I am my hair because I MYSELF decided it to be so.


And man, I tell you guys… The moment that I decided that truth for myself was one of the most liberating, strength-inspiring moments of my life. 🙂


*       *       *       *       *       *       *

So, as it seems, I am just few months past my second “Naturalversary” and the time for the third installment of this 5+ year annual project is rapidly approaching. In this special year, the project falls on that very special, long-awaited pillar of my life—my Golden Year, where I will celebrate 27 years of life on October 27. I’ll spare you all a reprise on the numerology conversation, because there is an entire post dedicated to it already… Please know, however, that this such is a special year to have arrived at such a huge pivot in my professional life, and to have also have finally arrived to a point of unshakeable confidence in the artist that my image reflects. My image is a work of art in and of itself, and I feel that every individual owes it to him or herself to construct it according to his or her own standards. The documentation of this journey for me is an exercise of creativity and collaboration; it exercises my ability to use a physical phase to construct an image, and to invite the vision of another to bring said image to life. This year’s concept, pending the financial success of the Afro(–) campaign fundraising efforts, will be incredible—and, if I may say so myself, one of the best yet as this year’s installment follows one the most formative phases of my life. The location where I continue to pray that it will take place has so greatly impacted my perception of life and beauty, and the individual elements of this year’s concept combine to uniquely express the person I am, where I have come from and where I have been. This year’s installment not only sets the stage for what’s to come, but also introduces a new defining feature of the person I am and the artist that I aspire to be. With this and each subsequent chapter, with every new challenge and every new set of circumstances, The Image is re-defined. Another leg of the journey is complete, and next phase begins.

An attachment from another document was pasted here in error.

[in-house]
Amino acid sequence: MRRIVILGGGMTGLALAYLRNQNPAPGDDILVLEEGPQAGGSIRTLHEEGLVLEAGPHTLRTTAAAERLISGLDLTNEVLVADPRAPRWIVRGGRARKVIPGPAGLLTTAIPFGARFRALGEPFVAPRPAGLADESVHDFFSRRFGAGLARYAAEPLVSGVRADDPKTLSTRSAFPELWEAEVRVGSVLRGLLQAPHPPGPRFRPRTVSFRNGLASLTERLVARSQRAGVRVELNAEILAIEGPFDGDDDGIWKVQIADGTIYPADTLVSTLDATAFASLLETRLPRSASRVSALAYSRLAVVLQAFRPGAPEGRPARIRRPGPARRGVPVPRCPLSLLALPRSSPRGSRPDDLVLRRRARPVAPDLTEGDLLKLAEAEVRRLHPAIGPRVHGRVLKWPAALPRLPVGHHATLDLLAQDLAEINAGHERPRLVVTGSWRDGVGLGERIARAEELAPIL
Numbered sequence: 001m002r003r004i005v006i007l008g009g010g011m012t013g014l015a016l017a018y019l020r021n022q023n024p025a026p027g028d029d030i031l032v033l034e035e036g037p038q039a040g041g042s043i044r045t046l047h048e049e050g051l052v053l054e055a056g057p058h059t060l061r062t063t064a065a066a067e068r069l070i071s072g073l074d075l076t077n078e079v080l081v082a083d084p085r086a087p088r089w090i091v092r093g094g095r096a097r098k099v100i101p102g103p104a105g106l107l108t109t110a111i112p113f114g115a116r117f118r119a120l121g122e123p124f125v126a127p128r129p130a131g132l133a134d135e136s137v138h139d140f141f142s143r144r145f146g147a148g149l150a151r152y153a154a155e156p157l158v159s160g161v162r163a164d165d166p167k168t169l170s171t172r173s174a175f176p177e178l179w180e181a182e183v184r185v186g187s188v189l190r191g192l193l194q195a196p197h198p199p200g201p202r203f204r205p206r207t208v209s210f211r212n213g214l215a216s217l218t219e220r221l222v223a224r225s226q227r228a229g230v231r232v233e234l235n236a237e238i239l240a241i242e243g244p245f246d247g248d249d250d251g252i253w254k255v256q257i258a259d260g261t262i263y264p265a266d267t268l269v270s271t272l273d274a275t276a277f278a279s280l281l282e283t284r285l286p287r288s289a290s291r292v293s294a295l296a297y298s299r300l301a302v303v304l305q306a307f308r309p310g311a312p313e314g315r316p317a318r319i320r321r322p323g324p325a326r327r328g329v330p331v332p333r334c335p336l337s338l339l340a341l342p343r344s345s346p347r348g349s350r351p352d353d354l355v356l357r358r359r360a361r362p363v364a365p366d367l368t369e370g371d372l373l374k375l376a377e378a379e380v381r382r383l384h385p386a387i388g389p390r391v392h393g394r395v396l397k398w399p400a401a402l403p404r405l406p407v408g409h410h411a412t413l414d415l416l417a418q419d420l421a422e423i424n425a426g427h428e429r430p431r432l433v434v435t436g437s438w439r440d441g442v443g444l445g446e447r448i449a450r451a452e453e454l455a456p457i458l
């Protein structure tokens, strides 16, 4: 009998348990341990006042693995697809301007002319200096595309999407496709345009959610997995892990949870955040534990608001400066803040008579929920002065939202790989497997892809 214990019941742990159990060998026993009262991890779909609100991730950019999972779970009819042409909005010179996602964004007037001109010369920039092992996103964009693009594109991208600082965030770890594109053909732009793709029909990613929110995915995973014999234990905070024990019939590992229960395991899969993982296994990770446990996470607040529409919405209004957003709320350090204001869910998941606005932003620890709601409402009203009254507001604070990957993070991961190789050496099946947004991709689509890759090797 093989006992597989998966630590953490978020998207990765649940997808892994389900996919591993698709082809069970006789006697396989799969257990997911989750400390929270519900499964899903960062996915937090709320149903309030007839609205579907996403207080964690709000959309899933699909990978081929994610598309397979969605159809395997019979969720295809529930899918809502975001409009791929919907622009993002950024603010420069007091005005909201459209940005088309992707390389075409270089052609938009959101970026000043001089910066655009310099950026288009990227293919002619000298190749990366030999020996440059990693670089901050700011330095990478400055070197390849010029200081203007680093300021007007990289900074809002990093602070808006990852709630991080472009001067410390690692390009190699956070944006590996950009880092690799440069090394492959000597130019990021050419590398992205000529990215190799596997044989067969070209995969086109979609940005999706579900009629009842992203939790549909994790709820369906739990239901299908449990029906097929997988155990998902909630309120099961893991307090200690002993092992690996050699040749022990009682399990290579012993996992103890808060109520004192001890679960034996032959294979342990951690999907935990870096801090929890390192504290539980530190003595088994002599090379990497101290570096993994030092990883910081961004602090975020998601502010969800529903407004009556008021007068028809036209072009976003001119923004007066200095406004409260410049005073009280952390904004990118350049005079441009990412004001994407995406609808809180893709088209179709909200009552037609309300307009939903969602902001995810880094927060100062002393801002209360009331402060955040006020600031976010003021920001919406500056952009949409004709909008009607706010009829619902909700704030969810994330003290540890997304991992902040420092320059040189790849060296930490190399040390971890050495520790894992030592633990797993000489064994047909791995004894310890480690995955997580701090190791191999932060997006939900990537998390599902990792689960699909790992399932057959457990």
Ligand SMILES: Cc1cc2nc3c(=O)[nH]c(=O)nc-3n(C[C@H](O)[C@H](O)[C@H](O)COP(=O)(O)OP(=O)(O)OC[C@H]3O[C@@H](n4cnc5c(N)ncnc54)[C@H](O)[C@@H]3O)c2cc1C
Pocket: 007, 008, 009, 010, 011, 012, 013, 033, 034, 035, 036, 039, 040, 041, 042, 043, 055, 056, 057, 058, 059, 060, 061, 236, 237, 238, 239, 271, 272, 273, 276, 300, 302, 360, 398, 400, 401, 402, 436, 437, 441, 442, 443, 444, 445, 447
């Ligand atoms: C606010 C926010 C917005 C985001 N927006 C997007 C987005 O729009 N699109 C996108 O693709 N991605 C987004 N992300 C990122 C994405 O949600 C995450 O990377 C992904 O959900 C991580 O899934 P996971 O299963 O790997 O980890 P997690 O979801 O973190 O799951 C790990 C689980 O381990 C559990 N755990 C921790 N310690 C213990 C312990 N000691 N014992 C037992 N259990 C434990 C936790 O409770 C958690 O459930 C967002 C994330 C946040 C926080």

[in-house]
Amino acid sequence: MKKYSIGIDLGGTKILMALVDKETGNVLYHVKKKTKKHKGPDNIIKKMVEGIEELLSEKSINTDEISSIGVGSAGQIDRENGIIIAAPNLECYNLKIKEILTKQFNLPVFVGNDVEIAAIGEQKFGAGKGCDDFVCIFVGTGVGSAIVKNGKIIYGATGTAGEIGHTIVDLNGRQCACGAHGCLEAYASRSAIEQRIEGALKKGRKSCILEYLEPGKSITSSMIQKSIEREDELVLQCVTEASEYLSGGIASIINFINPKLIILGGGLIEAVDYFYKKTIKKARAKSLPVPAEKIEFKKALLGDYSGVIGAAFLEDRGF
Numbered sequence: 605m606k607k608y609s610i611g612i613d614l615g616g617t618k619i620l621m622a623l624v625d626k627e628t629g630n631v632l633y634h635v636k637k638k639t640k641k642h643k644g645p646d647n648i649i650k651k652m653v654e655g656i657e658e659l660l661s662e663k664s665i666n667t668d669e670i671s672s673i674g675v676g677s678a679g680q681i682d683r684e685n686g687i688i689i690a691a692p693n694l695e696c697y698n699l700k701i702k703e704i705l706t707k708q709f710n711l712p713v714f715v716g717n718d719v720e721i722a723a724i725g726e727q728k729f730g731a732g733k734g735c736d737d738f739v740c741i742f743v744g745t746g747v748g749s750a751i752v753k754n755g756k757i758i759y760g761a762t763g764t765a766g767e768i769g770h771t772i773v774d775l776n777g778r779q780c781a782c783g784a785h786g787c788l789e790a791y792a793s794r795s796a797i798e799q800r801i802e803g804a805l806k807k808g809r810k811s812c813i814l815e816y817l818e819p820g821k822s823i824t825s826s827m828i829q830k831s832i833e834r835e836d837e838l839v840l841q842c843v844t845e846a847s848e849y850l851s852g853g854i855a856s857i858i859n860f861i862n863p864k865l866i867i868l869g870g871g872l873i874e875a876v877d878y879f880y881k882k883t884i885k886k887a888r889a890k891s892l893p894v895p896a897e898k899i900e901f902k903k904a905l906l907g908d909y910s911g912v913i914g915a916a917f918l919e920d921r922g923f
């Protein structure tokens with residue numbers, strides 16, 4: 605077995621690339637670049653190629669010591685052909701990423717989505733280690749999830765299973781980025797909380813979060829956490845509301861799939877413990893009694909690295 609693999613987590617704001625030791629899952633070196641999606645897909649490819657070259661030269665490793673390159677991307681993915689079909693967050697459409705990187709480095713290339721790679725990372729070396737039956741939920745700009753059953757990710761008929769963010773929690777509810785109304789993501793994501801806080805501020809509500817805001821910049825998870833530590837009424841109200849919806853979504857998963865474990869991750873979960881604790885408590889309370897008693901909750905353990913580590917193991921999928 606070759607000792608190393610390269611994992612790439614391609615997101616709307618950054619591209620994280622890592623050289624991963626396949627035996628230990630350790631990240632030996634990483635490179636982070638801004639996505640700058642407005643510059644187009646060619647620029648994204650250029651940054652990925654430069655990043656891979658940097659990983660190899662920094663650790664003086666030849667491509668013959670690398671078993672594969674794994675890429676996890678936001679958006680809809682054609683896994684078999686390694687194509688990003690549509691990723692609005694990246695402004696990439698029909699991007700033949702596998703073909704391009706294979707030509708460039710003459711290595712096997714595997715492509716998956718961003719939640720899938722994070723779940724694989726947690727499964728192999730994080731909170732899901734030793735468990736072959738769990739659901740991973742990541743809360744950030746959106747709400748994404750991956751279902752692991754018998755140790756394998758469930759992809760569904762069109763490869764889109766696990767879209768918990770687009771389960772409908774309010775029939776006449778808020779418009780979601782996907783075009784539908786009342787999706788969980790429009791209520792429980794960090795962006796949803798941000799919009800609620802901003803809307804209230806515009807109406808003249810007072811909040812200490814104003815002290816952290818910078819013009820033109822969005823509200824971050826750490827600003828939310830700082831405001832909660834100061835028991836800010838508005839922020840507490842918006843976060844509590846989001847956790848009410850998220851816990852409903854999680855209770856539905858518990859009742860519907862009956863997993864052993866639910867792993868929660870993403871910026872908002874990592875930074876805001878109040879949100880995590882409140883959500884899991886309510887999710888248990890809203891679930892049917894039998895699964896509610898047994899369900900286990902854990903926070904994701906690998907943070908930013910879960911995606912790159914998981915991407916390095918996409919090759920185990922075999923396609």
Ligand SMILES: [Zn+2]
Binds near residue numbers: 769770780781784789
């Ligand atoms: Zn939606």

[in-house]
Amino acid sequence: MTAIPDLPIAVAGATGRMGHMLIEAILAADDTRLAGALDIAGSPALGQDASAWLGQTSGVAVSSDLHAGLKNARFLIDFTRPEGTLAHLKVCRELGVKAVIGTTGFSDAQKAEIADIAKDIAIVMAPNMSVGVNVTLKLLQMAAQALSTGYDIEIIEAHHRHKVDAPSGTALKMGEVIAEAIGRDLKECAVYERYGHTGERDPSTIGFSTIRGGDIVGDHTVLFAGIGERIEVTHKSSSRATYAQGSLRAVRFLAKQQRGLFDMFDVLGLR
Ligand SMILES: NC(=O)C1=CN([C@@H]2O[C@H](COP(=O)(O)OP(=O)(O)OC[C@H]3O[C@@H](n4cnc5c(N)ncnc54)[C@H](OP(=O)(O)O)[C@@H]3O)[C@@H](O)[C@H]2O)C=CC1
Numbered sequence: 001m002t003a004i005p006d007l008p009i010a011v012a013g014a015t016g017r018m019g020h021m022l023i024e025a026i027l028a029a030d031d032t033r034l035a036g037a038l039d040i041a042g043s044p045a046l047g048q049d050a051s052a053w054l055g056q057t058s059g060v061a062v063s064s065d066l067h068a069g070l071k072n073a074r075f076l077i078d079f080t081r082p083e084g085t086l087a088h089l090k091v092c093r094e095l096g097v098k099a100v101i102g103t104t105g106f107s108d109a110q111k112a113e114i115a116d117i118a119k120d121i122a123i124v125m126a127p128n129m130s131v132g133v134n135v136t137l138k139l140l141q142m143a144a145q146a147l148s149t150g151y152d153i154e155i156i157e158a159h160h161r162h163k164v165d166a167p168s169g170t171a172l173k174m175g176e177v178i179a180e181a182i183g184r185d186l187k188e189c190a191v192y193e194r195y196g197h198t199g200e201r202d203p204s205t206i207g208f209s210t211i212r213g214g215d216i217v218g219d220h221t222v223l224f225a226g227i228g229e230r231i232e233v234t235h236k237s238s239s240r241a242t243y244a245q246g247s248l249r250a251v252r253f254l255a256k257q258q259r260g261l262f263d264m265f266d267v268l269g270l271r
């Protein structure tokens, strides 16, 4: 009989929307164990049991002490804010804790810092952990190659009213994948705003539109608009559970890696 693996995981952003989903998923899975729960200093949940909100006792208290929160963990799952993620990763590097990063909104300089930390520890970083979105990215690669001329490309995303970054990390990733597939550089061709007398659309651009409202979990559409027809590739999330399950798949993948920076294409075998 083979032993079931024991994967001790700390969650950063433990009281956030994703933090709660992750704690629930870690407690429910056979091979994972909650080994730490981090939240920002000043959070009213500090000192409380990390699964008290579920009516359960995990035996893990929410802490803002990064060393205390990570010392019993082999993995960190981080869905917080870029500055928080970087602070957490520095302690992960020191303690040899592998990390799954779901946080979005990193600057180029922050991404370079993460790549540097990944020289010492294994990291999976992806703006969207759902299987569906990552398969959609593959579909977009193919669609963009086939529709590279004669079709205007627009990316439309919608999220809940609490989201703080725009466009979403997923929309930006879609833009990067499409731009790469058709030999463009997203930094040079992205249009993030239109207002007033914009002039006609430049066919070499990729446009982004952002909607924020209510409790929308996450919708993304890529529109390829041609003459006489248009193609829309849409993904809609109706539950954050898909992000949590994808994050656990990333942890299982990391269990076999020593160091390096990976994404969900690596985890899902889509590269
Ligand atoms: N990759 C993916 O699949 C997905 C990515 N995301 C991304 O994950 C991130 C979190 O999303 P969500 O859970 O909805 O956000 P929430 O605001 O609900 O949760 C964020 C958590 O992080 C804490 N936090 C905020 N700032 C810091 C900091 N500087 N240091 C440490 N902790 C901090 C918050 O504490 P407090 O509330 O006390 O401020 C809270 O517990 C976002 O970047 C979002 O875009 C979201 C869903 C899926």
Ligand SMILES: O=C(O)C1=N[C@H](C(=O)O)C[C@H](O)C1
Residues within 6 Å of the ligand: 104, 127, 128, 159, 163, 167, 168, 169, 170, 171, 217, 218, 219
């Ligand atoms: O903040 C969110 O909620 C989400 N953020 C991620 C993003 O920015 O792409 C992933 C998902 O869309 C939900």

…This time around, however, it begins on MY terms: natural, confident, and ready to re-introduce myself to the world.

Let no one fear the road to his or her most beautiful, natural self—whomever that self may be.”